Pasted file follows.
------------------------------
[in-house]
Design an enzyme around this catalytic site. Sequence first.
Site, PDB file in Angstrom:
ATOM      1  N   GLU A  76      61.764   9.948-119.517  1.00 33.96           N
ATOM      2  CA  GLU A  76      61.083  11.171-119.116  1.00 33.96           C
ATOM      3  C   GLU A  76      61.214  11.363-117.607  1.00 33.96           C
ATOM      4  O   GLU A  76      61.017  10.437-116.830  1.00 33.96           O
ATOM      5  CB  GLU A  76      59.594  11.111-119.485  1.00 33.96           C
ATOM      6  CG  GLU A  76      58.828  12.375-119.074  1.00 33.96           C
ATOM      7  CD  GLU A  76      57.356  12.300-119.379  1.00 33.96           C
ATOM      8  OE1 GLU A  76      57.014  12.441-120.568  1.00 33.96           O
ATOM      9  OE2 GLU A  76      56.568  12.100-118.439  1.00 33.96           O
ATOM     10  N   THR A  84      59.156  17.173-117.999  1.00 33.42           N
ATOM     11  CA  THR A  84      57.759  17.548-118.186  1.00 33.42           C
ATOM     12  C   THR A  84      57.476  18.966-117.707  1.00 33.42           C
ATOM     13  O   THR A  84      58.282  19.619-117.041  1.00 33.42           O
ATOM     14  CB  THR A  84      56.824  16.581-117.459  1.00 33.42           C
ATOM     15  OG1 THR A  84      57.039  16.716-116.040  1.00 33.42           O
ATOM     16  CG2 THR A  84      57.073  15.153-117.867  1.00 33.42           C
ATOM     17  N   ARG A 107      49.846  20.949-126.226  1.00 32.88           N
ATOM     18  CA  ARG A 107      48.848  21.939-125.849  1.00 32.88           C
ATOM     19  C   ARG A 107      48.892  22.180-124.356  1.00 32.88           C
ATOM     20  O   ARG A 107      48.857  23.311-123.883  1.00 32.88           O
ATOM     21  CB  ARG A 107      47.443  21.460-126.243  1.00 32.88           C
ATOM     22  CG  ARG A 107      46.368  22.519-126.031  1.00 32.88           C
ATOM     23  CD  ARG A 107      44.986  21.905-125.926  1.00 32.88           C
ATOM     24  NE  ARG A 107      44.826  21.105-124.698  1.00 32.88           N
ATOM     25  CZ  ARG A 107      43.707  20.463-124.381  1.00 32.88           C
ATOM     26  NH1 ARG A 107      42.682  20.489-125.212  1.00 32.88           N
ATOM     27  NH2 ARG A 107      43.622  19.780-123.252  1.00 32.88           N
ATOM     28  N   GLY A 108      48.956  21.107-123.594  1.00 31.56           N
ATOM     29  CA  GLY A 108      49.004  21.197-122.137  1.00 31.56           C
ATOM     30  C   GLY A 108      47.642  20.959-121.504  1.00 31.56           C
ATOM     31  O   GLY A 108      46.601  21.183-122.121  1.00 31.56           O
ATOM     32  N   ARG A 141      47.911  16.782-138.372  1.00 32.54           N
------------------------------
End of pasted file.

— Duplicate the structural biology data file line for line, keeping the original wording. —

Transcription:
[in-house]
Design an enzyme around this catalytic site. Sequence first.
Site, PDB file in Angstrom:
ATOM      1  N   GLU A  76      61.764   9.948-119.517  1.00 33.96           N
ATOM      2  CA  GLU A  76      61.083  11.171-119.116  1.00 33.96           C
ATOM      3  C   GLU A  76      61.214  11.363-117.607  1.00 33.96           C
ATOM      4  O   GLU A  76      61.017  10.437-116.830  1.00 33.96           O
ATOM      5  CB  GLU A  76      59.594  11.111-119.485  1.00 33.96           C
ATOM      6  CG  GLU A  76      58.828  12.375-119.074  1.00 33.96           C
ATOM      7  CD  GLU A  76      57.356  12.300-119.379  1.00 33.96           C
ATOM      8  OE1 GLU A  76      57.014  12.441-120.568  1.00 33.96           O
ATOM      9  OE2 GLU A  76      56.568  12.100-118.439  1.00 33.96           O
ATOM     10  N   THR A  84      59.156  17.173-117.999  1.00 33.42           N
ATOM     11  CA  THR A  84      57.759  17.548-118.186  1.00 33.42           C
ATOM     12  C   THR A  84      57.476  18.966-117.707  1.00 33.42           C
ATOM     13  O   THR A  84      58.282  19.619-117.041  1.00 33.42           O
ATOM     14  CB  THR A  84      56.824  16.581-117.459  1.00 33.42           C
ATOM     15  OG1 THR A  84      57.039  16.716-116.040  1.00 33.42           O
ATOM     16  CG2 THR A  84      57.073  15.153-117.867  1.00 33.42           C
ATOM     17  N   ARG A 107      49.846  20.949-126.226  1.00 32.88           N
ATOM     18  CA  ARG A 107      48.848  21.939-125.849  1.00 32.88           C
ATOM     19  C   ARG A 107      48.892  22.180-124.356  1.00 32.88           C
ATOM     20  O   ARG A 107      48.857  23.311-123.883  1.00 32.88           O
ATOM     21  CB  ARG A 107      47.443  21.460-126.243  1.00 32.88           C
ATOM     22  CG  ARG A 107      46.368  22.519-126.031  1.00 32.88           C
ATOM     23  CD  ARG A 107      44.986  21.905-125.926  1.00 32.88           C
ATOM     24  NE  ARG A 107      44.826  21.105-124.698  1.00 32.88           N
ATOM     25  CZ  ARG A 107      43.707  20.463-124.381  1.00 32.88           C
ATOM     26  NH1 ARG A 107      42.682  20.489-125.212  1.00 32.88           N
ATOM     27  NH2 ARG A 107      43.622  19.780-123.252  1.00 32.88           N
ATOM     28  N   GLY A 108      48.956  21.107-123.594  1.00 31.56           N
ATOM     29  CA  GLY A 108      49.004  21.197-122.137  1.00 31.56           C
ATOM     30  C   GLY A 108      47.642  20.959-121.504  1.00 31.56           C
ATOM     31  O   GLY A 108      46.601  21.183-122.121  1.00 31.56           O
ATOM     32  N   ARG A 141      47.911  16.782-138.372  1.00 32.54           N